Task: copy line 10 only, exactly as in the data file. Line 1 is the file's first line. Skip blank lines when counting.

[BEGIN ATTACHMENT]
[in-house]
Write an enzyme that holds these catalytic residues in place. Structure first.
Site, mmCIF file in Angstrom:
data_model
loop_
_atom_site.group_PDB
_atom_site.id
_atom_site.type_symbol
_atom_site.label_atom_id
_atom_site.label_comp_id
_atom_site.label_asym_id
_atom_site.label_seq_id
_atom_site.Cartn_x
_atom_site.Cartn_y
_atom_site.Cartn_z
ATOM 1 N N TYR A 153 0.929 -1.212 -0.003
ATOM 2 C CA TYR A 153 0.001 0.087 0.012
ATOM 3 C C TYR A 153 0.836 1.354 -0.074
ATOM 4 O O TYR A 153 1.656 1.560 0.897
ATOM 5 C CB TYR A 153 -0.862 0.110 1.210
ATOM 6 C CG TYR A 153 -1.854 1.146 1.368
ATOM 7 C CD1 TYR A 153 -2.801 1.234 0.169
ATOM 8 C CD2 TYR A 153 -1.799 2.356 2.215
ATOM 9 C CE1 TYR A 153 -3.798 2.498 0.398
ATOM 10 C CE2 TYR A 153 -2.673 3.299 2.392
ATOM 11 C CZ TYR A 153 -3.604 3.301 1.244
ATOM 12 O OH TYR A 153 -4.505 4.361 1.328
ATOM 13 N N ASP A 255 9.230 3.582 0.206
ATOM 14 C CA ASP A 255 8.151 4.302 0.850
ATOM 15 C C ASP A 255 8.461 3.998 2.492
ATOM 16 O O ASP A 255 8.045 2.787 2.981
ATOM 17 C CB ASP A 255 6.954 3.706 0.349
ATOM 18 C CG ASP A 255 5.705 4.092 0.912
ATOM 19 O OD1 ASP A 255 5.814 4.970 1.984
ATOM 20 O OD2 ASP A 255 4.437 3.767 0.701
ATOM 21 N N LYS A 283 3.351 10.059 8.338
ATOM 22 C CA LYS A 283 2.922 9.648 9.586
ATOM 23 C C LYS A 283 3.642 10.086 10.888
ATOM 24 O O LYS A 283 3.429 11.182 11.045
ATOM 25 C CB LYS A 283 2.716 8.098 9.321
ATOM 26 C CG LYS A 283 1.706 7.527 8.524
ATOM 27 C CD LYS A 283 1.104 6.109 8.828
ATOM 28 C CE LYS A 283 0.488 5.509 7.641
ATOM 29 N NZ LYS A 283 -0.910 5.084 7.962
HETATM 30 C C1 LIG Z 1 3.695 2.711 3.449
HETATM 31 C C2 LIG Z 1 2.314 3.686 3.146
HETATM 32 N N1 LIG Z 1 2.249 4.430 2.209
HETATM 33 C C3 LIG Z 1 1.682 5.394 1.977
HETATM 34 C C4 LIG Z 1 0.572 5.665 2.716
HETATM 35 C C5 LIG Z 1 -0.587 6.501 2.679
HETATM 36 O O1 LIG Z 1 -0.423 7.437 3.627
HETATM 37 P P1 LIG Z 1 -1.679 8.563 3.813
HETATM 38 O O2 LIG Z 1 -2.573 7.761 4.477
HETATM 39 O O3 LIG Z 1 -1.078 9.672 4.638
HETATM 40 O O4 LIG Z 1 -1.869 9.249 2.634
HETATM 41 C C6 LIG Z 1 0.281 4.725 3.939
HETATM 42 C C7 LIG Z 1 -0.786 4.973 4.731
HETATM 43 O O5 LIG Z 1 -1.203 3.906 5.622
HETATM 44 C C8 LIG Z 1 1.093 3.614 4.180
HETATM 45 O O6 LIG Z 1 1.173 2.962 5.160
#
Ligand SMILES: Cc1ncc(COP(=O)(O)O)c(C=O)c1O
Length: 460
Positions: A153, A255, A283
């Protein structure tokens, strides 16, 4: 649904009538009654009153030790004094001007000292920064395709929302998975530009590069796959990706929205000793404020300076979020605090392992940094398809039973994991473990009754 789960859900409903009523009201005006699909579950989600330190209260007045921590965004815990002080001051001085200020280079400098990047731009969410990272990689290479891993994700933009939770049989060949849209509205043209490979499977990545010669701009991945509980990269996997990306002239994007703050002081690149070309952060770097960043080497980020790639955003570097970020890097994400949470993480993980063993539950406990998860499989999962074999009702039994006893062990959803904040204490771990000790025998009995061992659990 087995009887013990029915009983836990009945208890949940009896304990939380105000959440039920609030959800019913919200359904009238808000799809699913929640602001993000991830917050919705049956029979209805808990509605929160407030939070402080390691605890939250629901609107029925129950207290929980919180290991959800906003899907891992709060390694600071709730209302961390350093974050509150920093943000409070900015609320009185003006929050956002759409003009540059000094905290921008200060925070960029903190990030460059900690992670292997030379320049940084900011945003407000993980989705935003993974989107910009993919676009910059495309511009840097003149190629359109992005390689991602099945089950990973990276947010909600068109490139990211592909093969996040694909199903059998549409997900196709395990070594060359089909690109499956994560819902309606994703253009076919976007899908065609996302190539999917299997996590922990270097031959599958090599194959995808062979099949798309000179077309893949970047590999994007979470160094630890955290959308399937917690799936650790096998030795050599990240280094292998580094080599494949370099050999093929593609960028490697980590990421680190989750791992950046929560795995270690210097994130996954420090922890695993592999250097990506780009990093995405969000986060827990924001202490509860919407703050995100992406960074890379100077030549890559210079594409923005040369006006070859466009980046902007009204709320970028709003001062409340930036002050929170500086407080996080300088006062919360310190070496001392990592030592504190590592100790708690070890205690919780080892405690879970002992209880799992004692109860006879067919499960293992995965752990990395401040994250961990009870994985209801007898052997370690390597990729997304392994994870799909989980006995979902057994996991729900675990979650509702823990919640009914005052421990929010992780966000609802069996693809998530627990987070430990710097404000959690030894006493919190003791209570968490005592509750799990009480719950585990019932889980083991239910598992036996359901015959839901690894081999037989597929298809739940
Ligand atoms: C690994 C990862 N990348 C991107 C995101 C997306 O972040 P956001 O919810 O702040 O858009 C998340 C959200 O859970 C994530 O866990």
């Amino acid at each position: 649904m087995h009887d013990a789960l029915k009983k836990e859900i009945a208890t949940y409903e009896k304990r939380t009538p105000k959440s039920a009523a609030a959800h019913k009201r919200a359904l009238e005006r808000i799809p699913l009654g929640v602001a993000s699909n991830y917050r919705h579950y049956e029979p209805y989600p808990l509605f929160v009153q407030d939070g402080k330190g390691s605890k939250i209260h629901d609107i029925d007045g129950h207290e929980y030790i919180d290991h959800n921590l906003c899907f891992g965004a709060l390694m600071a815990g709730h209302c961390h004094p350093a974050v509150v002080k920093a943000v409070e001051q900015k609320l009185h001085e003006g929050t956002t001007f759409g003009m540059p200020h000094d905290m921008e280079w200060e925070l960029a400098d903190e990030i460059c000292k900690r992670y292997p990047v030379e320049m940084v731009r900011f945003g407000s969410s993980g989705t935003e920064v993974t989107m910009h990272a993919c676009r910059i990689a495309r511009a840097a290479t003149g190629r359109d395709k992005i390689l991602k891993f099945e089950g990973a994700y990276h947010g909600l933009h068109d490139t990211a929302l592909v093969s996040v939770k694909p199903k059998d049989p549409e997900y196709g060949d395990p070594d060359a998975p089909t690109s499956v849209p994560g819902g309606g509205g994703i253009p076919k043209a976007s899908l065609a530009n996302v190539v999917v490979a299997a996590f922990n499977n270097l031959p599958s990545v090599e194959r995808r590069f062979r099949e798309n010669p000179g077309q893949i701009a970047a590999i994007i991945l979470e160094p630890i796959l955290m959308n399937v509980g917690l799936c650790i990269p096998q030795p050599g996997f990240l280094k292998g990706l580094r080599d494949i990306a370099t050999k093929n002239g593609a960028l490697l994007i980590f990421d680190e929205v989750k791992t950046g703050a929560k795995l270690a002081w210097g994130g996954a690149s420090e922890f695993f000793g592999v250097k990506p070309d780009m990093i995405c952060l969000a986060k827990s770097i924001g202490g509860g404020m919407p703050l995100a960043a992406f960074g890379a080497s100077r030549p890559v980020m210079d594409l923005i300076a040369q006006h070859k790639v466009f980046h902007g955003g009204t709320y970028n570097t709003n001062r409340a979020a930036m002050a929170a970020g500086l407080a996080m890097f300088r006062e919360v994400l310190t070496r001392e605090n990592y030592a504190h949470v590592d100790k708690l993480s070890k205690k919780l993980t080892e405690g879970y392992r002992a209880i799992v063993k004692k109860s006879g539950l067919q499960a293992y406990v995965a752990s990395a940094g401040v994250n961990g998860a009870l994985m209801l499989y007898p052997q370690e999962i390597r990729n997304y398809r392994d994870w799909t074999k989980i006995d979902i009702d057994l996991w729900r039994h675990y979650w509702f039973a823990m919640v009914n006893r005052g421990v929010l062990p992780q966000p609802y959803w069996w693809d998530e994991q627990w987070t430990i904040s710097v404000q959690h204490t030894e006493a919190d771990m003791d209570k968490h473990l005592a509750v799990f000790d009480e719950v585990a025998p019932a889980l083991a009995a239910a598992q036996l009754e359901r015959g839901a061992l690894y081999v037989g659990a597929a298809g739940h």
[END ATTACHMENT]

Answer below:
_atom_site.label_comp_id